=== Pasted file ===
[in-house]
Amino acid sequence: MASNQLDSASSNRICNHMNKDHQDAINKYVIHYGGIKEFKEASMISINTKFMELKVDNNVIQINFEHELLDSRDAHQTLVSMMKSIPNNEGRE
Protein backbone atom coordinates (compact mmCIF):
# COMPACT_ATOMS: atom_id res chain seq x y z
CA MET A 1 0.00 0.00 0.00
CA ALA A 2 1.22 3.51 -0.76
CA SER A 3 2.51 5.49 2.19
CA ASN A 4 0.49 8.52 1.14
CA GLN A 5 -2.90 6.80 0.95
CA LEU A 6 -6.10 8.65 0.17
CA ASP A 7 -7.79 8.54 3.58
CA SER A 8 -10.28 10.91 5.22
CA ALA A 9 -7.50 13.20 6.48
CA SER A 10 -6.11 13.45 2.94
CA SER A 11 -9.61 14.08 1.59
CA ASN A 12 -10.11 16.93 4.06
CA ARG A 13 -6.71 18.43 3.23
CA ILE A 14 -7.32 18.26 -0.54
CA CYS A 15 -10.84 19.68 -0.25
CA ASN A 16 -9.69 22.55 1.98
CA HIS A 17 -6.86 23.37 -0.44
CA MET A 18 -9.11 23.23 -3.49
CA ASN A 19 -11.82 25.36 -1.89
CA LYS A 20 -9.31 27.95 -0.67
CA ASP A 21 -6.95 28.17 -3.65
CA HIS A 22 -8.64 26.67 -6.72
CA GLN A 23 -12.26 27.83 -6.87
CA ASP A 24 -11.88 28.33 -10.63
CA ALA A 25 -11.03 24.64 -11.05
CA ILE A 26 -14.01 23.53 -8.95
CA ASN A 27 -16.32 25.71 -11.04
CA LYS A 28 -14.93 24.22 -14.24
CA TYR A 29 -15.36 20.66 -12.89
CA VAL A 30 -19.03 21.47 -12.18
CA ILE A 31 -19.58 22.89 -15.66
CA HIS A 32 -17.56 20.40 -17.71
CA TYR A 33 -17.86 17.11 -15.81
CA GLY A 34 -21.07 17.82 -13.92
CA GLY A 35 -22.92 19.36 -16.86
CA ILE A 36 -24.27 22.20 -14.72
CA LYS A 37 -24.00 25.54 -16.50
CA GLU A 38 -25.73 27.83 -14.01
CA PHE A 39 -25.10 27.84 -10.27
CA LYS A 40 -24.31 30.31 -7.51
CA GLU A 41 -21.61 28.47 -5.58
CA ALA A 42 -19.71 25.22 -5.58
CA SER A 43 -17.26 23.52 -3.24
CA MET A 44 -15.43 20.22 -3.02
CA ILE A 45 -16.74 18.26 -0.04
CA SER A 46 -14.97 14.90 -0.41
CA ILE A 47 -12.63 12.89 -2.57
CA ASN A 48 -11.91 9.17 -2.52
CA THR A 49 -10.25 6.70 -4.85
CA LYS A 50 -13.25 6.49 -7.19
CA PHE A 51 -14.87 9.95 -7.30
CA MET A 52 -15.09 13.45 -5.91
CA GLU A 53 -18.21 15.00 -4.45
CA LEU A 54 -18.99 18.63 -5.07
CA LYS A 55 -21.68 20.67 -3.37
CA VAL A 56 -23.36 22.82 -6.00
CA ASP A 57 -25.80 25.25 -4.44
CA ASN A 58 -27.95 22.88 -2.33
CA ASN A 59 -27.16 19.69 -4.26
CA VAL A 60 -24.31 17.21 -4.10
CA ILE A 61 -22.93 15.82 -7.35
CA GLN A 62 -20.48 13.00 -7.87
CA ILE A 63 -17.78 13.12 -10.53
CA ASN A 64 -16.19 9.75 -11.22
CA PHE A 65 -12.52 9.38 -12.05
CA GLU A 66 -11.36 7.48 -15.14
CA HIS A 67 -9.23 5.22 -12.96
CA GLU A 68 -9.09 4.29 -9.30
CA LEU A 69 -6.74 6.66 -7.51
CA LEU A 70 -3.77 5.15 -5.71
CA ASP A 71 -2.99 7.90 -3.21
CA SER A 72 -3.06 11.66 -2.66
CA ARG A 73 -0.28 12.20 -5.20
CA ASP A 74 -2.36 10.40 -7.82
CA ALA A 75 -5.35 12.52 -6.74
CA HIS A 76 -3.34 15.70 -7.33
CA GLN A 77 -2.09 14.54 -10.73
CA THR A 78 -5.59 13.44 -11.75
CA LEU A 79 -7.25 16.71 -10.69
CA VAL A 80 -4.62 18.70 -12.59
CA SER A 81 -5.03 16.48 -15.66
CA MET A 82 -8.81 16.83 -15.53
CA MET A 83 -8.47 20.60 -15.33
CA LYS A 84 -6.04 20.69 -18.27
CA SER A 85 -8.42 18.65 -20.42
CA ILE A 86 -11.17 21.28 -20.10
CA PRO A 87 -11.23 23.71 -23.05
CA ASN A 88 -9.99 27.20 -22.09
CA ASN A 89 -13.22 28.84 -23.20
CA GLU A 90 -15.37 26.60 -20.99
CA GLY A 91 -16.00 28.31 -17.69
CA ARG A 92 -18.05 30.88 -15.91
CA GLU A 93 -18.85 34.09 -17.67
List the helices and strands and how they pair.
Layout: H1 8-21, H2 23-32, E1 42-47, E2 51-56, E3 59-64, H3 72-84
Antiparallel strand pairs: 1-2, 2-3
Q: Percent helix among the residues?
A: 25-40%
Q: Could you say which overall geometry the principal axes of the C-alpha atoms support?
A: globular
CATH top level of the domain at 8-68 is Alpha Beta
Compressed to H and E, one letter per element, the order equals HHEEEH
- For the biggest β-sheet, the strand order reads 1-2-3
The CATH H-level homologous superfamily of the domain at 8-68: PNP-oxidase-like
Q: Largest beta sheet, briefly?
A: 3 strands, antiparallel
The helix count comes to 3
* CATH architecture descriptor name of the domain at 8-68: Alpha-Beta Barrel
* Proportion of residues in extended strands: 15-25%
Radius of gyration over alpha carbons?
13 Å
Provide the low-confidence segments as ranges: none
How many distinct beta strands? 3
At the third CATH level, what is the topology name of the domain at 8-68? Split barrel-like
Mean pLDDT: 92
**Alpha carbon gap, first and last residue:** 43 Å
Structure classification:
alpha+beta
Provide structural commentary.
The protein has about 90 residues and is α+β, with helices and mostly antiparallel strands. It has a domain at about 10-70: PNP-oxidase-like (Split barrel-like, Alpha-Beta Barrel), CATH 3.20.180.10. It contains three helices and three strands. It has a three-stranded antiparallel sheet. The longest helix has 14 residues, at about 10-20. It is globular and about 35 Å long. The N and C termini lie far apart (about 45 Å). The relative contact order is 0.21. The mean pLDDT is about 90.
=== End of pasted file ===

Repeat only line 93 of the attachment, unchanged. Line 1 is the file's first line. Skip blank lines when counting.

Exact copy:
CA ASN A 89 -13.22 28.84 -23.20